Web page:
A proposed new expansion of Whitehaven Coal’s Vickery mine has upset residents and farmers in the Boggabri region, whose water source, and very way of life may be at risk. Farmers are among those decrying Whitehaven’s plans, and the suggestion that their plans are a result of pressure from the local government.
Local farmer David Watt claims to have been approached by Whitehaven officials, who sat down with him at his home and made some troubling claims about the mine’s planned expansion.
“Two Whitehaven officials told my wife and I at our kitchen table that when we asked the question as to why they were even bothering with the smaller of the two mines that they were being encouraged by the State Government to mine the whole resource there and they weren’t allowed to leave any of the resource in the ground,” Mr Watt said.
As to why they were being urged to remove ‘all of the resource’ from the site? Mr Watt and his wife had questions about that as well.
“As they put it to us, the resource then becomes sterile and it can’t be mined at a later stage. And they had very little regard that this pit was only a few hundred metres from the river. I believe Whitehaven had this planned all along. They were never going to go ahead with the original application. They just put in new extensions rather than just push one gigantic mine through in one application.”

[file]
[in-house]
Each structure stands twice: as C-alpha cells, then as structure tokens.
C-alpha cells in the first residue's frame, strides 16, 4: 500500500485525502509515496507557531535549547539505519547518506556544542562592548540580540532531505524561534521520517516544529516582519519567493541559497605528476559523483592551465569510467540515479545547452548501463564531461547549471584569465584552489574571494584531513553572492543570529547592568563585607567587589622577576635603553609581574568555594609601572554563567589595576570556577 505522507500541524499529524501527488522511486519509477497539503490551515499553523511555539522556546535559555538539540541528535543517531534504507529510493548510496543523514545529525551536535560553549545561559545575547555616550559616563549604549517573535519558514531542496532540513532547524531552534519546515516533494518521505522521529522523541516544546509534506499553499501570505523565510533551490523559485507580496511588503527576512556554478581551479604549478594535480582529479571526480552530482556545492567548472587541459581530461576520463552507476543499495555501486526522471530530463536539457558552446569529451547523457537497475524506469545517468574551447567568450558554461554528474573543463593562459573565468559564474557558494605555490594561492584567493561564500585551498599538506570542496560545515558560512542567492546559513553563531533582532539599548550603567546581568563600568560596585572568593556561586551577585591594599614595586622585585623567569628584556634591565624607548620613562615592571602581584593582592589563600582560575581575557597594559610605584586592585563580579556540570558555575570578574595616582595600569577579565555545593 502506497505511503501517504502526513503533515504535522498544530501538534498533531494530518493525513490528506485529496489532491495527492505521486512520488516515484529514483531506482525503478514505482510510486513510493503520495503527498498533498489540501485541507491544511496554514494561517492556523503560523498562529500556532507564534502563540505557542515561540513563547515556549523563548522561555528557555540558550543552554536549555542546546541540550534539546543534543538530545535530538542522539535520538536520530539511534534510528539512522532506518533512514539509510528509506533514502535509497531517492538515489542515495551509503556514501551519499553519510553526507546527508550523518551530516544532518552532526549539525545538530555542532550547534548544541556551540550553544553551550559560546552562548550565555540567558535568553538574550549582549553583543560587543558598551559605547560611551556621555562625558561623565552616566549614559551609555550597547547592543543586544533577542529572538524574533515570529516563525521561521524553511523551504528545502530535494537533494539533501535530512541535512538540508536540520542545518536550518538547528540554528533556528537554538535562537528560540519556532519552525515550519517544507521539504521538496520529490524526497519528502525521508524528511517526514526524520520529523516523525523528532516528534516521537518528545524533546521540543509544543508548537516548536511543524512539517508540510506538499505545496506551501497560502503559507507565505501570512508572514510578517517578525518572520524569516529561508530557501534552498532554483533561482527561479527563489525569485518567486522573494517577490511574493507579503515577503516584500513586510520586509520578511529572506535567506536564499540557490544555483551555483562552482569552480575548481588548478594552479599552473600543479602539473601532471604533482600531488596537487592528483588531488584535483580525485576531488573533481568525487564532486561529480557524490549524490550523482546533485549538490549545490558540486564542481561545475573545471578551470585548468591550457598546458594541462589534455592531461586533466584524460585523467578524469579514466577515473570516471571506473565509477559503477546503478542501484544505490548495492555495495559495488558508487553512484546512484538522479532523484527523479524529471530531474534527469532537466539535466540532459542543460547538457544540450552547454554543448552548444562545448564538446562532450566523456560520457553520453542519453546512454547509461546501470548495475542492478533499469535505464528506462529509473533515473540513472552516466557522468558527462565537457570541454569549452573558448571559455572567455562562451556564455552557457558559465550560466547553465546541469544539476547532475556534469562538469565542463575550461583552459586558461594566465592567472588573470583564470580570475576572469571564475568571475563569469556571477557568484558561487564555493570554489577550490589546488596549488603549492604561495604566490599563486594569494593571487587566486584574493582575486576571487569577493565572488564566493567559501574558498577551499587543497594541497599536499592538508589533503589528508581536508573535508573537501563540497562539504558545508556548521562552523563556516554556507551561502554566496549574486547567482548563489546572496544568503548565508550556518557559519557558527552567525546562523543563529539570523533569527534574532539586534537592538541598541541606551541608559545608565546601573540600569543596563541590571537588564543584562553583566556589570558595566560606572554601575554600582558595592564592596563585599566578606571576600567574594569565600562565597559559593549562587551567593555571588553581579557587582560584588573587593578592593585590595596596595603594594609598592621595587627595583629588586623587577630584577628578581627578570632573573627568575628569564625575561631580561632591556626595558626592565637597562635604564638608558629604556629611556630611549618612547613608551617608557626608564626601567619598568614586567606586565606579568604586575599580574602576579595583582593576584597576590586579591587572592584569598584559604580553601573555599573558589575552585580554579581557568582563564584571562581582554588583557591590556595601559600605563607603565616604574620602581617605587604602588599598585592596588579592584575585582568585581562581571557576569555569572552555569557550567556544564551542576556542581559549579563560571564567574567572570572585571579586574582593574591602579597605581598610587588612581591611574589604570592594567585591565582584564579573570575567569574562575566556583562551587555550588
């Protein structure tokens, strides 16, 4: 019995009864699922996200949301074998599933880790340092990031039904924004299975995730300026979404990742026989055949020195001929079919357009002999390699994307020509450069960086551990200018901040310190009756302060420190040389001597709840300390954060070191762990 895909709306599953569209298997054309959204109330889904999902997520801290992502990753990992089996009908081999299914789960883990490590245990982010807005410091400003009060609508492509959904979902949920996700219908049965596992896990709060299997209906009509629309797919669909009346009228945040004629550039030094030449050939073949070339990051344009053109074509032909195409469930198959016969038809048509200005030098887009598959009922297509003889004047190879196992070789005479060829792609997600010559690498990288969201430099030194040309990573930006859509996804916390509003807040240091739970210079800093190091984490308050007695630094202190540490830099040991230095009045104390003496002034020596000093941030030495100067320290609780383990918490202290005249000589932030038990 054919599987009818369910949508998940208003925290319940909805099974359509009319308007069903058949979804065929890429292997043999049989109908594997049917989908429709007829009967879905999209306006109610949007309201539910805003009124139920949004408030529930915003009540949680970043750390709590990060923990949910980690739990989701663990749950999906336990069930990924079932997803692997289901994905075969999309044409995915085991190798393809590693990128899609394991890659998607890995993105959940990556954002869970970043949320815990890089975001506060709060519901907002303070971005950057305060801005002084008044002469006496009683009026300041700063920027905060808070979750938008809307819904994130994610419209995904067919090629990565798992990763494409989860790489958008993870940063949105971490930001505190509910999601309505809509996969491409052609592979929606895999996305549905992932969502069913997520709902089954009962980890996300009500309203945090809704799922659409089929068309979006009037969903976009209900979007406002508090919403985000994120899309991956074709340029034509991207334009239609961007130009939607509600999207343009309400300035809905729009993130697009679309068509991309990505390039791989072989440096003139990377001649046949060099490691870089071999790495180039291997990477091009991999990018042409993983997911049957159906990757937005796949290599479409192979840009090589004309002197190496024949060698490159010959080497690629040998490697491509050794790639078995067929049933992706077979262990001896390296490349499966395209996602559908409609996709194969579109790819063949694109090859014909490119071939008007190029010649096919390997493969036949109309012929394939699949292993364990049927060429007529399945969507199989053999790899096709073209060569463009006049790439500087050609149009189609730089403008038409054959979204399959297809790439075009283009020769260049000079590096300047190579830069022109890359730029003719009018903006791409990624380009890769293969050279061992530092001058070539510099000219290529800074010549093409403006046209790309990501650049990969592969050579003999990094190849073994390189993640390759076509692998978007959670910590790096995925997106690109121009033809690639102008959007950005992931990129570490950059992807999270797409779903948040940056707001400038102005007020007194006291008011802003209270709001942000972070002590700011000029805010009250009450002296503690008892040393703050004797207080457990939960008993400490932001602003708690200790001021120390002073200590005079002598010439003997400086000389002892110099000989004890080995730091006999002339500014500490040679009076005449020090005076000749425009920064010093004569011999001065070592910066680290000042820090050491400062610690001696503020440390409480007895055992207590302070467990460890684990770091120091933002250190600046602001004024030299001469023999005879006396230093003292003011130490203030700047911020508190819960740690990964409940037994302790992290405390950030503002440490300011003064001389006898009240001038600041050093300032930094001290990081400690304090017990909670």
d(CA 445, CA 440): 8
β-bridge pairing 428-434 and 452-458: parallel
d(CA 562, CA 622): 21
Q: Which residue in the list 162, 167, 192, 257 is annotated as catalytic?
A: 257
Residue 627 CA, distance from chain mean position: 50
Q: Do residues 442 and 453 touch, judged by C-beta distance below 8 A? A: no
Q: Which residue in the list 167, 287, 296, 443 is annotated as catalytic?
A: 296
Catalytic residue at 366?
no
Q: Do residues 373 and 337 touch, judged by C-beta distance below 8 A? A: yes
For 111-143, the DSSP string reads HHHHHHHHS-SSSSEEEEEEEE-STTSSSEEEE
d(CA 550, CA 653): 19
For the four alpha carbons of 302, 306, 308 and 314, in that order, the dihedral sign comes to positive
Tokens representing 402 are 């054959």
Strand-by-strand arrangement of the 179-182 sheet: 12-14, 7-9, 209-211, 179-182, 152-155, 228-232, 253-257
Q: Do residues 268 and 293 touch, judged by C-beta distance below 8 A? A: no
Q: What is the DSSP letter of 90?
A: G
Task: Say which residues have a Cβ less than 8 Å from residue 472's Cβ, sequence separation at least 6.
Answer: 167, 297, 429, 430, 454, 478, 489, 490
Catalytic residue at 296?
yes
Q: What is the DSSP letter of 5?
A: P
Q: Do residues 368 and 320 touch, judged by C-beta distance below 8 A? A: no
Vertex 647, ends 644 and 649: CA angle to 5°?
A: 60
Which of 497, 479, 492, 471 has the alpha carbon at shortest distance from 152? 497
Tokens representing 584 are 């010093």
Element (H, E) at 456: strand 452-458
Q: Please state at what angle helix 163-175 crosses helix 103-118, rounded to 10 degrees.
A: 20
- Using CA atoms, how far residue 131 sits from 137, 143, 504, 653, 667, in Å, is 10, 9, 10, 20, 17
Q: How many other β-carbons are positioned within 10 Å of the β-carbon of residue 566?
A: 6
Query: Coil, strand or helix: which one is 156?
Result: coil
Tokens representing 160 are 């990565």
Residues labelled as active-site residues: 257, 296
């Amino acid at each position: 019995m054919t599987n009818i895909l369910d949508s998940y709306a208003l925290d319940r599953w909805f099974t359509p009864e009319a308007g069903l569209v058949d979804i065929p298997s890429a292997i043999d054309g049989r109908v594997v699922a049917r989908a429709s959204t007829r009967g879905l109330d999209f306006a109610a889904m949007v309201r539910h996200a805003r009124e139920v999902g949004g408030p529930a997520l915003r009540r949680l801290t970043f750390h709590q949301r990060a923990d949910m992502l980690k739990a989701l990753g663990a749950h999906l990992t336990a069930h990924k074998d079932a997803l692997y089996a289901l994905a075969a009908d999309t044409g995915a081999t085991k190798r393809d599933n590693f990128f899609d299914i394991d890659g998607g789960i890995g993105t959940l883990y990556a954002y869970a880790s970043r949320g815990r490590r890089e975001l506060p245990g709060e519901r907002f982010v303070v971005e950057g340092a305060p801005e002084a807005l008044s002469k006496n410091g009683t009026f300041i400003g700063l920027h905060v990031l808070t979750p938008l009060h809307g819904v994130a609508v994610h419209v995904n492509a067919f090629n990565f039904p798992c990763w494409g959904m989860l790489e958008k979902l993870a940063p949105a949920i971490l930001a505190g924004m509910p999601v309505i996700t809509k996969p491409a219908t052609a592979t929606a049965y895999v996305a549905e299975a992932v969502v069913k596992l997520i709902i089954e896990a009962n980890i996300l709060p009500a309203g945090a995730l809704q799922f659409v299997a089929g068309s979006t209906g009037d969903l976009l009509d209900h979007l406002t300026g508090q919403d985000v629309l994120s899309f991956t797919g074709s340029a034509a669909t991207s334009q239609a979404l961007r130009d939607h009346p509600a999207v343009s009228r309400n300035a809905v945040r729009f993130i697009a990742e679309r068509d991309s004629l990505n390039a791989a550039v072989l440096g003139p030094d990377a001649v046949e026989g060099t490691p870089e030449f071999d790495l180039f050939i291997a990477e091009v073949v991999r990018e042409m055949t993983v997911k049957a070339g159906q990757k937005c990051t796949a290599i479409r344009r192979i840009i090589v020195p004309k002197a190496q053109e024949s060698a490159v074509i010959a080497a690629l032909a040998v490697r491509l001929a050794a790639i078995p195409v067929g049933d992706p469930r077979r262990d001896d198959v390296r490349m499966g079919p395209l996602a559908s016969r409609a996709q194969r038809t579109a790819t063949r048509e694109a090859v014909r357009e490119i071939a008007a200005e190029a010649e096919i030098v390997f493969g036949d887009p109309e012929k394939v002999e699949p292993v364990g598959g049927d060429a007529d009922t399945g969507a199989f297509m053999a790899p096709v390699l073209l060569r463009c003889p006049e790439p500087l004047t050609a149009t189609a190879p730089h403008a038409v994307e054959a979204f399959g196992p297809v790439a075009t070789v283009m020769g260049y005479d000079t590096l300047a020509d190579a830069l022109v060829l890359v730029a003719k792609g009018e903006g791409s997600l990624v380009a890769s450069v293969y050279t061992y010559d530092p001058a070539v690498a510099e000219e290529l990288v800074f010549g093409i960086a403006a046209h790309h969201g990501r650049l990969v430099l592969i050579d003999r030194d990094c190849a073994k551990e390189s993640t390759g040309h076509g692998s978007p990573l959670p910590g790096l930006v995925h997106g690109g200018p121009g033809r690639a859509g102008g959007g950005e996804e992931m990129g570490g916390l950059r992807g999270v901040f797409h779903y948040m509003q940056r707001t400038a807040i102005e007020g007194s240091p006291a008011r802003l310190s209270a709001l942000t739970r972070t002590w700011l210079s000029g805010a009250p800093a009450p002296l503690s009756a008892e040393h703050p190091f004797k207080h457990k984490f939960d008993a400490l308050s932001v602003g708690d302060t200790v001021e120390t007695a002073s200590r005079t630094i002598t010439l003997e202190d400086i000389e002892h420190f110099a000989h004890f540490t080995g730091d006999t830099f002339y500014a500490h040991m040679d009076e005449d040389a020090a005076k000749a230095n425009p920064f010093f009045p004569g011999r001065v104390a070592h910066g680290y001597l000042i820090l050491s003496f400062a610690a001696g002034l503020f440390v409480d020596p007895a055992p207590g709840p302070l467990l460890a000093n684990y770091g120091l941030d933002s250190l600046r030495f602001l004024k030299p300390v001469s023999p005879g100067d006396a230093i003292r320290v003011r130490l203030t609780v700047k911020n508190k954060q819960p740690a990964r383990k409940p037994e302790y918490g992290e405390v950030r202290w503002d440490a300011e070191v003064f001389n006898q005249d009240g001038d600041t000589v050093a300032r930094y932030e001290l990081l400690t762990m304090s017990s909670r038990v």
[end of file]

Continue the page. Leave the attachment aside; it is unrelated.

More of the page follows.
Other local residents are concerned about the effects of the mine expansion on their water source, just as the Watts are. The potential impacts on air quality, water quality, noise and light pollution are all concerns which are yet to be addressed by the firm.
Local member, Kevin Humphries, who supported the initial mining venture but not its expansion, hit back against the claims that the government are behind the push, and raised his concerns about these claims with ABC.
“If a company official is alluding to the fact that Government are wanting them to extend that mine and extract that coal over a shorter period of time as per the extension proposal I want to know who is purporting to represent government, because it’s not me,” said Humphries “If any of those comments have been said it may have come from a departmental person. But at the end of the day I want to know who said it, why, and in what context.”
The environmental impact statement (EIS) is yet to be lodged, and will ultimately affect the application. The expansion proposed is 20 times the original Rio Tinto plan, and will sit a mere 350 metres from the river. Including a rail viaduct and river crossing, the expansion will clearly have significant impact on the local area. Meanwhile, Whitehaven claims the economic benefits for the region will deliver a much-needed boost to the area. The EIS is expected to be lodged shortly, after which, Whitehaven will presumably host further discussions with the local community.